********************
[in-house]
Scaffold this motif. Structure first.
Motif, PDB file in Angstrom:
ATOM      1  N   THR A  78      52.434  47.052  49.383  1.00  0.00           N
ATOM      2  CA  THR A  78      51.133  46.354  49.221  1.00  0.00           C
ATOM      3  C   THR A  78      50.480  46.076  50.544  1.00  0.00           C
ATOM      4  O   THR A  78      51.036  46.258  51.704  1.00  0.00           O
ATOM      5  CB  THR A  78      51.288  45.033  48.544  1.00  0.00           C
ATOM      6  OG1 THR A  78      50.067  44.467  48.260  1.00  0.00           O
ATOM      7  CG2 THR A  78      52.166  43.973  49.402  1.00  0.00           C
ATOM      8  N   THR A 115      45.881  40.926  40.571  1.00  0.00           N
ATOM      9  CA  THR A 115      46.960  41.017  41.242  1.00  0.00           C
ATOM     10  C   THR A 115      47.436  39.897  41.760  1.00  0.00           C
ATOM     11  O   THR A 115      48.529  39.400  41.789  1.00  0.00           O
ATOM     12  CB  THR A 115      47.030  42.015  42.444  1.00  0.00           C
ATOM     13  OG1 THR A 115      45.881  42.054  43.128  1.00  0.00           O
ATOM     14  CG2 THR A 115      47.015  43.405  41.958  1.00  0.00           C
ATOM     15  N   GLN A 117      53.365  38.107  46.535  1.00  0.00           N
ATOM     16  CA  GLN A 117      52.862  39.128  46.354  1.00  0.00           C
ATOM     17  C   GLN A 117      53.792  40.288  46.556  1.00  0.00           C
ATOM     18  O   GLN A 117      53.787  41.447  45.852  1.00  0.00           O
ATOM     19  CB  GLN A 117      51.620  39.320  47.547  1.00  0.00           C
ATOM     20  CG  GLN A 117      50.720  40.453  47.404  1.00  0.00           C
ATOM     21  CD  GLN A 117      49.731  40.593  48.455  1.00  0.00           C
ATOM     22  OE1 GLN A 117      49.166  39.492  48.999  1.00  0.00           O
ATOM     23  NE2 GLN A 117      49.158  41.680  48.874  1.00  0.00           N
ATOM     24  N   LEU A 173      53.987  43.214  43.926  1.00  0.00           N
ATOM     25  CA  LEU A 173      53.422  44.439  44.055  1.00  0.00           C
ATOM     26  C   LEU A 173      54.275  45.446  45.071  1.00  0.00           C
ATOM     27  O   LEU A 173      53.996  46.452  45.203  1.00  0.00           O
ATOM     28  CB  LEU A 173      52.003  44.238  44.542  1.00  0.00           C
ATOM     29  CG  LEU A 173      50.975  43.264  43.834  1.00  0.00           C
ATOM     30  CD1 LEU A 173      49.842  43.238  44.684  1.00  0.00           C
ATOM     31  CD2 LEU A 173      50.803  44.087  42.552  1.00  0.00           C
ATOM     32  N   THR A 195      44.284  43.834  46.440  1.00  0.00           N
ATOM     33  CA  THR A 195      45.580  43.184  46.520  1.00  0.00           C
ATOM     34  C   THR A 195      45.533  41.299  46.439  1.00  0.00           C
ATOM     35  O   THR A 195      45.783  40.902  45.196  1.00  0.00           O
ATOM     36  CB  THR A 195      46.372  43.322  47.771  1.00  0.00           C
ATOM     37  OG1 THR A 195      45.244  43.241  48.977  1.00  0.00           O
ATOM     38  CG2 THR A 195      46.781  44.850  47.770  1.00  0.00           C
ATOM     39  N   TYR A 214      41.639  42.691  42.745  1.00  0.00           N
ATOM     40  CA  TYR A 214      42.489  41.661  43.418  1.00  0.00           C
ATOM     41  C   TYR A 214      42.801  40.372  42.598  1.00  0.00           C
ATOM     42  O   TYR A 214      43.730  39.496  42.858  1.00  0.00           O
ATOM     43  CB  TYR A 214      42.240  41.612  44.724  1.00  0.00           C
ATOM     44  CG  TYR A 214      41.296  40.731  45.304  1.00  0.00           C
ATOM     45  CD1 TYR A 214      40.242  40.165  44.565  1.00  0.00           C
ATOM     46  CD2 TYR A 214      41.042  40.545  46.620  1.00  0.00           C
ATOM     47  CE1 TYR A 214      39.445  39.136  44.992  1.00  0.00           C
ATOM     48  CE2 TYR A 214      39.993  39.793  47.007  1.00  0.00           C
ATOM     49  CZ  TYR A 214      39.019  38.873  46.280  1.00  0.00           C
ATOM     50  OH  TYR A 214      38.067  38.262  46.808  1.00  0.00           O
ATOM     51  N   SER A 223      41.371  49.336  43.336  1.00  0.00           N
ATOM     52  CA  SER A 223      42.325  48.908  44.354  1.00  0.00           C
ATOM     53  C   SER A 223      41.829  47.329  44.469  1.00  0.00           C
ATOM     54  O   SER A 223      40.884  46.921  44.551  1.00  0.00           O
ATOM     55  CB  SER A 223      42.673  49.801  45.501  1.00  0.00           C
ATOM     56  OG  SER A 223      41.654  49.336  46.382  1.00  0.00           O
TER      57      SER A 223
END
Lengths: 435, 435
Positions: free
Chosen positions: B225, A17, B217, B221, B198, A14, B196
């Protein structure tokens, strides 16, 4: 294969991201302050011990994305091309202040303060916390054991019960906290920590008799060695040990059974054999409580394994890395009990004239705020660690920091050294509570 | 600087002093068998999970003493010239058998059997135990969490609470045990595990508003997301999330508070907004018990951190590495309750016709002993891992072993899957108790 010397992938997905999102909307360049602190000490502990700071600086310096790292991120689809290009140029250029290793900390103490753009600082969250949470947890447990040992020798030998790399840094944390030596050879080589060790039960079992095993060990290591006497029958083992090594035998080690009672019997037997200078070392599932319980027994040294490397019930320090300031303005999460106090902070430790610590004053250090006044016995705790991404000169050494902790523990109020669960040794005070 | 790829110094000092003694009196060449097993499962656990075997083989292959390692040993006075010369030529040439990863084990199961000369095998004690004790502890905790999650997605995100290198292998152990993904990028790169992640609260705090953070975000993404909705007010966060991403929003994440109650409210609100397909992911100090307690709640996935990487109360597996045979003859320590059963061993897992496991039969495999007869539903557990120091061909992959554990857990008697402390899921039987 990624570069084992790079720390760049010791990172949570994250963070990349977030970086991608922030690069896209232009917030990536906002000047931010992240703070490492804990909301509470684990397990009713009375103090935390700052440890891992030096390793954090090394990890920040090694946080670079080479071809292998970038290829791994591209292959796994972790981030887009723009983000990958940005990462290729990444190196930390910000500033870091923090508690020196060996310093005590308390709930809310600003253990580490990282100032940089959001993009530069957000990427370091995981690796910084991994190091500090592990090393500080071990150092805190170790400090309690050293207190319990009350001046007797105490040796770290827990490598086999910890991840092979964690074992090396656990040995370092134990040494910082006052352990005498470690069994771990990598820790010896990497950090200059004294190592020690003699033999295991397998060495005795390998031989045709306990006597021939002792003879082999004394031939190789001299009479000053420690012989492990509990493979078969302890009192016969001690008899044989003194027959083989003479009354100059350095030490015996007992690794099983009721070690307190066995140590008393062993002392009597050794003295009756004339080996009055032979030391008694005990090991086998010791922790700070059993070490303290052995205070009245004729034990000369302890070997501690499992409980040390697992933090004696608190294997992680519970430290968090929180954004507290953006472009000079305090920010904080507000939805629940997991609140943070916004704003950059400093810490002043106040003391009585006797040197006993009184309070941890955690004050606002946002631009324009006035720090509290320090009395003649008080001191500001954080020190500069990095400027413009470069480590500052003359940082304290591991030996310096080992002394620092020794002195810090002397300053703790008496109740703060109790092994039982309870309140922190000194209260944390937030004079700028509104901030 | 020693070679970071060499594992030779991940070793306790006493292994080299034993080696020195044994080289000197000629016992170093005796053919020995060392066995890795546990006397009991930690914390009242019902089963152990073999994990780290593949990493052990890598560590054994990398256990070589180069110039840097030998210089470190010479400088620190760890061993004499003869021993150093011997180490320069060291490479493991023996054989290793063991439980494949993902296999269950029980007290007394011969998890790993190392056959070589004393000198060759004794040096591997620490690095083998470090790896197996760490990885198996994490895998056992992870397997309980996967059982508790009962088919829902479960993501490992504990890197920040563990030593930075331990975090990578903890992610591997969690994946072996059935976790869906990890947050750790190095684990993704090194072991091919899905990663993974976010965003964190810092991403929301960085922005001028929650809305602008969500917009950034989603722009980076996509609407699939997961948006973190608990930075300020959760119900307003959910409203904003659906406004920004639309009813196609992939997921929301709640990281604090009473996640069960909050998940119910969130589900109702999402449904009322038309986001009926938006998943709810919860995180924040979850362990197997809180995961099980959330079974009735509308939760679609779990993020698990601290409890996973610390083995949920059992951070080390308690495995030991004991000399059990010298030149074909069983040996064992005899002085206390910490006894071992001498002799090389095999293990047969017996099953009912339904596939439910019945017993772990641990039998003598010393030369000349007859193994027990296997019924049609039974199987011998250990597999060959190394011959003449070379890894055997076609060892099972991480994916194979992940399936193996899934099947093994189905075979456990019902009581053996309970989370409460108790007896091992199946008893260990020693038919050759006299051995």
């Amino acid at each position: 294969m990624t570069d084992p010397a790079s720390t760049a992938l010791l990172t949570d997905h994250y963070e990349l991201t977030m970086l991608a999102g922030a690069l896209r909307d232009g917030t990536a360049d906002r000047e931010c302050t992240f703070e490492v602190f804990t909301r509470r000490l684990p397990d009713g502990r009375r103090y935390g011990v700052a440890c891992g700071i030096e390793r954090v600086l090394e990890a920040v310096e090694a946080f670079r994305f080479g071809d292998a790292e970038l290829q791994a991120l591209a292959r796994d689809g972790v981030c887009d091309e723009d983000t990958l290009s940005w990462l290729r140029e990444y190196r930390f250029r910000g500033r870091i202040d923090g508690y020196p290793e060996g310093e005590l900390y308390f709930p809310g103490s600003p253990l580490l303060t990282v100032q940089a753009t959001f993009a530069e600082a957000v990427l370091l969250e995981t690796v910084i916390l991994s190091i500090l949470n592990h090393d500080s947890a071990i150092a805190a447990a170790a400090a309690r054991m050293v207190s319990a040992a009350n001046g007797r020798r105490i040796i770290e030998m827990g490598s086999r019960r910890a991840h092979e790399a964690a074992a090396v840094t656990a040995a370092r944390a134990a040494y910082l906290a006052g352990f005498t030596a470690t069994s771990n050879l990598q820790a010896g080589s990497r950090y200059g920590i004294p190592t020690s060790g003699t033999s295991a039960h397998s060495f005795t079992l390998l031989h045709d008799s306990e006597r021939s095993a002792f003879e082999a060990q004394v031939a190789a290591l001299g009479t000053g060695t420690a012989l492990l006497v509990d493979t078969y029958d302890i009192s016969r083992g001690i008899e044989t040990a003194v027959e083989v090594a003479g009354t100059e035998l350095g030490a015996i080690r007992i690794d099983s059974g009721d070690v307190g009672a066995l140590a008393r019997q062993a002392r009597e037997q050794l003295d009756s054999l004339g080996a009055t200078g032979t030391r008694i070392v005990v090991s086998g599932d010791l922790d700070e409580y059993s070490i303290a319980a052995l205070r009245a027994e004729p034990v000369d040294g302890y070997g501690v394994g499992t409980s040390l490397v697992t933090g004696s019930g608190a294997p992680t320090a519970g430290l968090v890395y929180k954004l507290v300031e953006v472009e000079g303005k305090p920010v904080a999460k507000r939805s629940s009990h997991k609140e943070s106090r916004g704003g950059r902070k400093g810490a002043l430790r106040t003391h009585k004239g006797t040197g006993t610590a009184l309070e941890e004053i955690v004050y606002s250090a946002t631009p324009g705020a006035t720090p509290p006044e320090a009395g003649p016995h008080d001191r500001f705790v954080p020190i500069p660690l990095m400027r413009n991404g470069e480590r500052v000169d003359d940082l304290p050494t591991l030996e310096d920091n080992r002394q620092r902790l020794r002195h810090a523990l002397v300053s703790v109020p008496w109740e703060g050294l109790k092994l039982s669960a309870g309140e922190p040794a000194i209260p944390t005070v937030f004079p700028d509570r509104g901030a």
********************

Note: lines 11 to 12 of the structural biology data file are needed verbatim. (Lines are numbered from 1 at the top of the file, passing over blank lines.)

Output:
ATOM      8  N   THR A 115      45.881  40.926  40.571  1.00  0.00           N
ATOM      9  CA  THR A 115      46.960  41.017  41.242  1.00  0.00           C